Are our expectations too high? The lonely life of those who officiate
My first memorable experience with a sports official came many, many years ago when I was in the seventh grade. I was playing in the Seneca County League eighth grade basketball tournament. In the middle of the fourth quarter I found myself defending an opponent who was driving to the basket.
I was saddled with four fouls which influenced my strategy. Instead of trying to stop the player, I stomped my foot and yelled at him. A silly idea perhaps, but remember I was in the seventh grade and it was better than fouling out.
Then I heard the whistle!
Sure enough the ref pointed at me and I was soon leaving the floor. Now I could tell you that I have been anti-official ever since, but that would not be true. Throughout high school I never gave much thought to the referees or umpires at all.
When I started coaching basketball, my interest picked up. Now I wanted to see how the officials were going to call the game. My team could then adjust to their style. Call it close and we will back off. Let us play and we will pick up the intensity.
What all coaches want from officials is twofold. First: be in position. Second: be consistent. Well, let’s say MOST coaches. I recall talking to an opposing coach before a game in the early 1980s and he told me with a straight face: “I expect 60 percent of calls at home and 40 percent on the road.”
I remember thinking that I’m sure the officials are not out on the floor wondering “now how many calls have I made against each team?” That was, however, what the man believed.
Fans have a simpler view of officials. They just don’t want to see any bad calls (or non-calls) against their team. Meanwhile officials can, at best, hope to be ignored. Compliments for a job well-done are few and far between. Miss a call though, and you will hear about it. It is a lonely and frequently frustrating job. It is my belief that most officials — at every level — are honest, hard-working individuals that do their best to be consistent, impartial and fair.
Whether they reach that goal or not …
Which brings us to the non-call that was “heard round the world” last Sunday. Every football fan saw the play. Every football fan has the same opinion. The refs blew an obvious pass interference call against the Los Angeles Rams against the New Orleans Saints. The call “helped” the Rams move on to next week’s Super Bowl.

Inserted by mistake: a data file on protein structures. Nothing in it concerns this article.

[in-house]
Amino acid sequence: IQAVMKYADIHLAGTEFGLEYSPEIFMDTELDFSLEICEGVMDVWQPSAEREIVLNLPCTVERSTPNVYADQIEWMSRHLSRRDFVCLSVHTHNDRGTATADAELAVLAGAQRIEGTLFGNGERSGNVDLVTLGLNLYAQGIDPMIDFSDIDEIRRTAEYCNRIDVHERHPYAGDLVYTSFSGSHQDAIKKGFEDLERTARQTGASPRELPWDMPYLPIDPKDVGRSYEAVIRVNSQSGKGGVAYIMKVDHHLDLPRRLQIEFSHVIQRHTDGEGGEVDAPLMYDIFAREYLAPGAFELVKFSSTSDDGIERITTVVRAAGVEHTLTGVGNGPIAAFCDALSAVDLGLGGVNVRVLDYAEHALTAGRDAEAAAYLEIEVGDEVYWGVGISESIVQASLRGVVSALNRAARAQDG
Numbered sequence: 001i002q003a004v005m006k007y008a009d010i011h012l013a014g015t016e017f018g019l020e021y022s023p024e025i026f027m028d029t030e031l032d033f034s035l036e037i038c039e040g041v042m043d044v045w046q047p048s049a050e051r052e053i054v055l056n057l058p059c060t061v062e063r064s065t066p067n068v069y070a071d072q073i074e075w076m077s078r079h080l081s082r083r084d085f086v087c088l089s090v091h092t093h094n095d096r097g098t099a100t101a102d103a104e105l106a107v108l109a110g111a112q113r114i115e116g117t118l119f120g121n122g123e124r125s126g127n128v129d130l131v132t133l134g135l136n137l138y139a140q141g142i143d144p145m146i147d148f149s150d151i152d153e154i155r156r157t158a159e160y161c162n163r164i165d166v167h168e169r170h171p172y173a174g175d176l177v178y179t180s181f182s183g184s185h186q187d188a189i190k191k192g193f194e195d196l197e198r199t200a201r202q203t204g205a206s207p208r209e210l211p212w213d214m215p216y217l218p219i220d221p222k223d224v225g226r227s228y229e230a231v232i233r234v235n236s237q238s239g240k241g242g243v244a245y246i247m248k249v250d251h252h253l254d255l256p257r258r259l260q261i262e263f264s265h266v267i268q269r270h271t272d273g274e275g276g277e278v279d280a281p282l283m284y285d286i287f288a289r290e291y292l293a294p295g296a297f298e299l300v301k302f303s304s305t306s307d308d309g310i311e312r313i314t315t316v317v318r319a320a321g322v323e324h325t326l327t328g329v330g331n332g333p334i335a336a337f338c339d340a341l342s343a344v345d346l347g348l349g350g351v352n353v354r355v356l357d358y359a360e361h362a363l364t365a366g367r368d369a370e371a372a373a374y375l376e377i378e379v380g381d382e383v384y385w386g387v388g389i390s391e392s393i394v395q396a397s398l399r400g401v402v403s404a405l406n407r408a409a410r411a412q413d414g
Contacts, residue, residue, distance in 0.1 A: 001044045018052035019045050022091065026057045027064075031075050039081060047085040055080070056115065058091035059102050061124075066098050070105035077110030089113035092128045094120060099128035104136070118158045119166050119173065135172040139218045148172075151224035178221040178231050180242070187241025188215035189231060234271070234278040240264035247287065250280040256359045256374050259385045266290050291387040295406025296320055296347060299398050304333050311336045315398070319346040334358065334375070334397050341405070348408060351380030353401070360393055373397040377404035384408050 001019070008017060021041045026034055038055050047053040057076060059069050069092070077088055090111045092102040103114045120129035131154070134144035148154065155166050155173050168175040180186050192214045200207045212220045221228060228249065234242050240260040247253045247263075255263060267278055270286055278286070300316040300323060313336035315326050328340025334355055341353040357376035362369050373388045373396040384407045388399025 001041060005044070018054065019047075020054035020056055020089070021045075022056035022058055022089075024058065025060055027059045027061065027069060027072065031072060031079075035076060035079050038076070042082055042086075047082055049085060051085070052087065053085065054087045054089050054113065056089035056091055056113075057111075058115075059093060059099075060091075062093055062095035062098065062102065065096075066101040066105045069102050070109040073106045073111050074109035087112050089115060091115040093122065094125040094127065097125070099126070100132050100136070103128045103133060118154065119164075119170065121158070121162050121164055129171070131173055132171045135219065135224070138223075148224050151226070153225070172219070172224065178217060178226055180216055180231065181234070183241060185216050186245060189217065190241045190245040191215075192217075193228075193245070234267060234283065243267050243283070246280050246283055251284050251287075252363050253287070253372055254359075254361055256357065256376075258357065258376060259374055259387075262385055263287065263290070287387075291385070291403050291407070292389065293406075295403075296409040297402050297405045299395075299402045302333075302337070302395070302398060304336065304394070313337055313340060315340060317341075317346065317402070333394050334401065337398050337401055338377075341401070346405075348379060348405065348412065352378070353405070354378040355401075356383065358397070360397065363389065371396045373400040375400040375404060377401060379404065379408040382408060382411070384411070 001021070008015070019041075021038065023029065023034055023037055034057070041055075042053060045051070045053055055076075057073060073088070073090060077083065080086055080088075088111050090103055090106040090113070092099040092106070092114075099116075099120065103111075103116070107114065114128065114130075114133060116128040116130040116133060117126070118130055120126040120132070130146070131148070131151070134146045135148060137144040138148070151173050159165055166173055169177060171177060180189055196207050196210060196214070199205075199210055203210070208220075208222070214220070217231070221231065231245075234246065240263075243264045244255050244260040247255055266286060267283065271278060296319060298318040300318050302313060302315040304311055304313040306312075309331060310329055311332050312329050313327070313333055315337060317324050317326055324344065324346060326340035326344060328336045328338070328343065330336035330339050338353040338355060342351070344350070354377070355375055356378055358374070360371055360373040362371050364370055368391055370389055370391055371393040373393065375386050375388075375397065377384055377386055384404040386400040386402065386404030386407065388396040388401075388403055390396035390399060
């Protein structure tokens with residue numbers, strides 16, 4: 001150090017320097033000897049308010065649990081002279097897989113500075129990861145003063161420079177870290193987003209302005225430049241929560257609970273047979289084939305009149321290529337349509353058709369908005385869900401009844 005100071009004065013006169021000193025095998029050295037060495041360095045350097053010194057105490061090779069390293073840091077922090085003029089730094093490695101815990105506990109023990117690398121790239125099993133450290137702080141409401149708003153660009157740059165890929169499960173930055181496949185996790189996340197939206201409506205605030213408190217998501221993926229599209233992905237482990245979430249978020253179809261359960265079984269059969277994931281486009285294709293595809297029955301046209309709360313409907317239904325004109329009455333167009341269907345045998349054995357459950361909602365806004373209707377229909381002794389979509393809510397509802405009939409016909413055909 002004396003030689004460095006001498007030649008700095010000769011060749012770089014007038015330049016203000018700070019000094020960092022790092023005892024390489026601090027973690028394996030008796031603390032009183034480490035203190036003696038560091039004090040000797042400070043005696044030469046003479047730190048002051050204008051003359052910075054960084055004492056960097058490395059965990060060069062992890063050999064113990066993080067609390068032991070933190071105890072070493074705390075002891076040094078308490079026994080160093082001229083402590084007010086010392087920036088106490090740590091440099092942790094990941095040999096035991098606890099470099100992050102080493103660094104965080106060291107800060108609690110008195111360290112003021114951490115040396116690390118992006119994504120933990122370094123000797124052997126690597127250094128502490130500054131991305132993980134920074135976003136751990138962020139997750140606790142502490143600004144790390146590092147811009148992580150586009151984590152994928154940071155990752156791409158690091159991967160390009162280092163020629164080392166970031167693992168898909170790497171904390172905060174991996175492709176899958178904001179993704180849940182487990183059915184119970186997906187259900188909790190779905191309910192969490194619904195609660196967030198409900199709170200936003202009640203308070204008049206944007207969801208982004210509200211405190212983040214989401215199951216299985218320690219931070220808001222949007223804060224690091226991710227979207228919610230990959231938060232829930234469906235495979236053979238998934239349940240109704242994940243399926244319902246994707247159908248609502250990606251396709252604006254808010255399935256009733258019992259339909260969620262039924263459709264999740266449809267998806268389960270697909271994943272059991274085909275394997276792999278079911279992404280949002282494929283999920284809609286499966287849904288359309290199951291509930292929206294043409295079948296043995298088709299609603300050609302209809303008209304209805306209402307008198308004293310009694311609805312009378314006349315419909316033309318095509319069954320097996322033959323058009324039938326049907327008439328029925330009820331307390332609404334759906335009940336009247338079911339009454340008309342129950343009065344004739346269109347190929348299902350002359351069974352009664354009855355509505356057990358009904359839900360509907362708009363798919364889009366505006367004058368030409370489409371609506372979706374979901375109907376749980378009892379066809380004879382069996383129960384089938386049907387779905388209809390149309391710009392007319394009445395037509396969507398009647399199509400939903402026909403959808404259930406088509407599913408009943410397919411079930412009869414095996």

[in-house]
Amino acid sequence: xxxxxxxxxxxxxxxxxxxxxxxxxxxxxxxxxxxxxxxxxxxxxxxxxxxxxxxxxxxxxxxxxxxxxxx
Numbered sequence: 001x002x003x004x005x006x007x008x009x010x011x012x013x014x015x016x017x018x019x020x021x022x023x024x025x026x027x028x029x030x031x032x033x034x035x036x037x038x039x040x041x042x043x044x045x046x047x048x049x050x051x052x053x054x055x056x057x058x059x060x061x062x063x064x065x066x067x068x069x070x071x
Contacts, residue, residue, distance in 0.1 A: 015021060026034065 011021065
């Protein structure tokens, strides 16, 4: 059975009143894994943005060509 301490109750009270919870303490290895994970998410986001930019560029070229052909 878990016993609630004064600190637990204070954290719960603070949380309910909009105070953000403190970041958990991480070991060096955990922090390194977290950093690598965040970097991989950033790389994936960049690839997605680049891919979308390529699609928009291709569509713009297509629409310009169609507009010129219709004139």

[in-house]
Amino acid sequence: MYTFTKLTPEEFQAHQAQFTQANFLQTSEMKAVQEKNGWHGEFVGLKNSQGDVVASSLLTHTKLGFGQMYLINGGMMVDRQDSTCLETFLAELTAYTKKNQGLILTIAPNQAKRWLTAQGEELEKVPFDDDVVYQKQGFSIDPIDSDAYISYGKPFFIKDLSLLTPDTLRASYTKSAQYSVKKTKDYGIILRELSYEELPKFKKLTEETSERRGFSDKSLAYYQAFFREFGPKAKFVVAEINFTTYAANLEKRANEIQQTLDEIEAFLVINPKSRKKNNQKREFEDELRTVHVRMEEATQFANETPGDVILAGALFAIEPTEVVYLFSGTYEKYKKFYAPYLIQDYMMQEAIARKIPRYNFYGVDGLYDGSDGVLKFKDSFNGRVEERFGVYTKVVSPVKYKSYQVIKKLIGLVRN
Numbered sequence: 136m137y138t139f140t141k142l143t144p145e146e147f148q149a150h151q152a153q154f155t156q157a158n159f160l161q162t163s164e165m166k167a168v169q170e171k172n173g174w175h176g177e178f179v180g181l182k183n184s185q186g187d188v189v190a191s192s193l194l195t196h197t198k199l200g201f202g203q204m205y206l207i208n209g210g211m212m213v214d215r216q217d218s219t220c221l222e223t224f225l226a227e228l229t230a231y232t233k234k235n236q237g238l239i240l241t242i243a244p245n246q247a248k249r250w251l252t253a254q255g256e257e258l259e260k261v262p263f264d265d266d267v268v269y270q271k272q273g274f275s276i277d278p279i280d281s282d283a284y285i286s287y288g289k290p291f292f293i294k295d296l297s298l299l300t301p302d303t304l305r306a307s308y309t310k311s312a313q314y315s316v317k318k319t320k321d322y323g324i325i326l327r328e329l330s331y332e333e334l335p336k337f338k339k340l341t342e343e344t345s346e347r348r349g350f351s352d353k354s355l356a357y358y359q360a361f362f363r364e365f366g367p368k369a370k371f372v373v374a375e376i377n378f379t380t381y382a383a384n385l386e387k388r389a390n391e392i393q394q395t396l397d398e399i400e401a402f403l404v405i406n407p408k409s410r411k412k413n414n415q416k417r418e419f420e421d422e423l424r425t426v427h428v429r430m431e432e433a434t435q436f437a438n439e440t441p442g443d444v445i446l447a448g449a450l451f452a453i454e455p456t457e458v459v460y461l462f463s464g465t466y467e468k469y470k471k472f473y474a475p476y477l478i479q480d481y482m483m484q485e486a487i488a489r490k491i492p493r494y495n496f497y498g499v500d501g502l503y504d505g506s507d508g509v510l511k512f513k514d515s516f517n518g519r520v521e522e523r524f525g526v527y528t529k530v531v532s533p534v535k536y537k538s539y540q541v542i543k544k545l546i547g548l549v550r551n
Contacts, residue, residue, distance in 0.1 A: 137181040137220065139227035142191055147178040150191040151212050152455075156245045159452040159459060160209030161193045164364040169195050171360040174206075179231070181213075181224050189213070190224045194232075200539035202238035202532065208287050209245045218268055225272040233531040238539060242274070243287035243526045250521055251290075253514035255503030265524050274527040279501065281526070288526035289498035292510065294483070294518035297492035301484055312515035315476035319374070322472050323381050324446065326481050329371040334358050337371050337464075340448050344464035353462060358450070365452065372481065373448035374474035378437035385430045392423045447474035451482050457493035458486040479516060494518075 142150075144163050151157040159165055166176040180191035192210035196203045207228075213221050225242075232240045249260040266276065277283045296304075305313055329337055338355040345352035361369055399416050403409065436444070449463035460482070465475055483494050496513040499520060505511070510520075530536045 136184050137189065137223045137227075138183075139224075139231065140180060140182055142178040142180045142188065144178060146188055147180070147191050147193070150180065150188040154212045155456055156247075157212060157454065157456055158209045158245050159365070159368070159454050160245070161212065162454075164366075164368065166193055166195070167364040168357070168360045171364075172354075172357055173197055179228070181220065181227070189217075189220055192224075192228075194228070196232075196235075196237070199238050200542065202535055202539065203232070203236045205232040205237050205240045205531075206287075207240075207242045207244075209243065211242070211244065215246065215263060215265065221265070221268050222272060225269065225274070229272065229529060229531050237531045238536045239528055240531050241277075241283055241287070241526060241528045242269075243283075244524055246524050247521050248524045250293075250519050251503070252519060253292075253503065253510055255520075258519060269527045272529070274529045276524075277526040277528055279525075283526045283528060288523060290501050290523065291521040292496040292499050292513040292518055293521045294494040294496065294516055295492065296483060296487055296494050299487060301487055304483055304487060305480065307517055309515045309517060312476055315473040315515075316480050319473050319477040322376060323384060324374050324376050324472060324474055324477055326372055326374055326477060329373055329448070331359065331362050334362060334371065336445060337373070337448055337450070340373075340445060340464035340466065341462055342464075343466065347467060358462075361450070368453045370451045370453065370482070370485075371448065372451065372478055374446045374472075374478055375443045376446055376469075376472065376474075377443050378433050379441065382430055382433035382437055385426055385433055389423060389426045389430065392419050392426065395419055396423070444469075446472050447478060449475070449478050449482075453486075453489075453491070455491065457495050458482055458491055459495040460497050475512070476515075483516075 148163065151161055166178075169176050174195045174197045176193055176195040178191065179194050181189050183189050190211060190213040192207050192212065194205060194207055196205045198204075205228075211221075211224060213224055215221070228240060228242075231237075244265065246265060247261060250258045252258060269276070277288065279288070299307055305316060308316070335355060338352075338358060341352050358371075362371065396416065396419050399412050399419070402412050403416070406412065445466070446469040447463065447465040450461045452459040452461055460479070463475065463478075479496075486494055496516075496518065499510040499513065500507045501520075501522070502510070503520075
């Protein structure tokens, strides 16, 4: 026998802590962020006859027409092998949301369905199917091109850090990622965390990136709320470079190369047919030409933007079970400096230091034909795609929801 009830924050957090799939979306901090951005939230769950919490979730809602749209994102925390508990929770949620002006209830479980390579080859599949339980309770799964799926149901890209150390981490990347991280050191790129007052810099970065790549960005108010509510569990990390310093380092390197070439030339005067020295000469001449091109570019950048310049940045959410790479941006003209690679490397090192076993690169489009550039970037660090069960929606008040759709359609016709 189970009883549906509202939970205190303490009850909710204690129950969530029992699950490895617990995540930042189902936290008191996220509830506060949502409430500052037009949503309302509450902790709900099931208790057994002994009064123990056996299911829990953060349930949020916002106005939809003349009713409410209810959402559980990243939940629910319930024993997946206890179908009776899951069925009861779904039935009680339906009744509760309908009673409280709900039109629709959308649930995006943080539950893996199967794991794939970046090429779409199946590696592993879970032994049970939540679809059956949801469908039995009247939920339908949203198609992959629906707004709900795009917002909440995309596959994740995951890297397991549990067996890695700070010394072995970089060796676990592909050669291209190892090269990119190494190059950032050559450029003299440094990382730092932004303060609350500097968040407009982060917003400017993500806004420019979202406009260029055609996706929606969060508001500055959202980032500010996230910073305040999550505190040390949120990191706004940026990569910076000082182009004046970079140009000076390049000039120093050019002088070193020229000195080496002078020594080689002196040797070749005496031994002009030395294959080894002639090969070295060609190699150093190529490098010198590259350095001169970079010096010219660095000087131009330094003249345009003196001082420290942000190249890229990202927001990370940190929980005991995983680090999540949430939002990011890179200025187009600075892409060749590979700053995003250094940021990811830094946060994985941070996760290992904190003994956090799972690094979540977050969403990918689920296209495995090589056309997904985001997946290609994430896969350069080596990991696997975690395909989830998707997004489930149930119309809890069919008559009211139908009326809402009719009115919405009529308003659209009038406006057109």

Was the non-call that obvious? I saw it — indeed in slow motion replay — and I would call it obvious. If that’s not good enough for you, let me give you three others that will support my view.
The Rams player admitted he was beat on the play and hit the receiver early to prevent the touchdown. He was shocked that no call was made. Saints coach Sean Payton said later that the league office admitted the officials blew the call. Then in one that I had never heard of — bookies refunded Saints fans bets because they thought would be the fair thing to do! Enough said.
NFL Commissioner Roger Goodell has the power to order the game replayed. That would be a mistake in my opinion and the fact that it hasn’t happened yet leads me to believe it won’t. Again — in my opinion — most fans are overreacting.
Would the Saints have won the game had the call been made? I think so — I’d give it a 99.9 percent possibility. I suppose a bad snap, missed or blocked kick could have happened after the Saints ran the clock down to a few seconds …
My suggestion is that we step back and look at things in a different light. The blown call is obvious when you look at the play in slow motion. At real speed it is more bang-bang. Officials have to make a split second decision. They get things right more often than not, but officials are human. They do make mistakes. That’s part of the game that will never be eliminated.
I’d like to think that this non-call was simply that, a mistake. I’m willing to give them the benefit of the doubt. The only way I would drop the hammer on them is if they followed a philosophy that I can’t stand. Many officials have a “swallow the whistle” mentality late in a game.
With the mistaken belief that not making a call allows the players to decide the outcome of the game rather than the officials, they are doing their profession a disservice. A non-call by an official can help determine the outcome of a game as well as a “wrong” call. Just look at the play everyone is talking about.
Televised replay has made the life of an official even more difficult. Replay however is not going to go away. What we can do is give officials more credit for their efforts. They are right much more often than they are wrong. Do they make mistakes? Of course they do. So do players and coaches. I for one, will side with the officials on this one even though in hindsight it was an obvious mistake.
Perhaps I should throw out this caveat. Would I still write this column if I was a New Orleans Saints fan?
Well, I’d like to think so!
Al Stephenson is a columnist for The Advertiser-Tribune.
Read his blog at: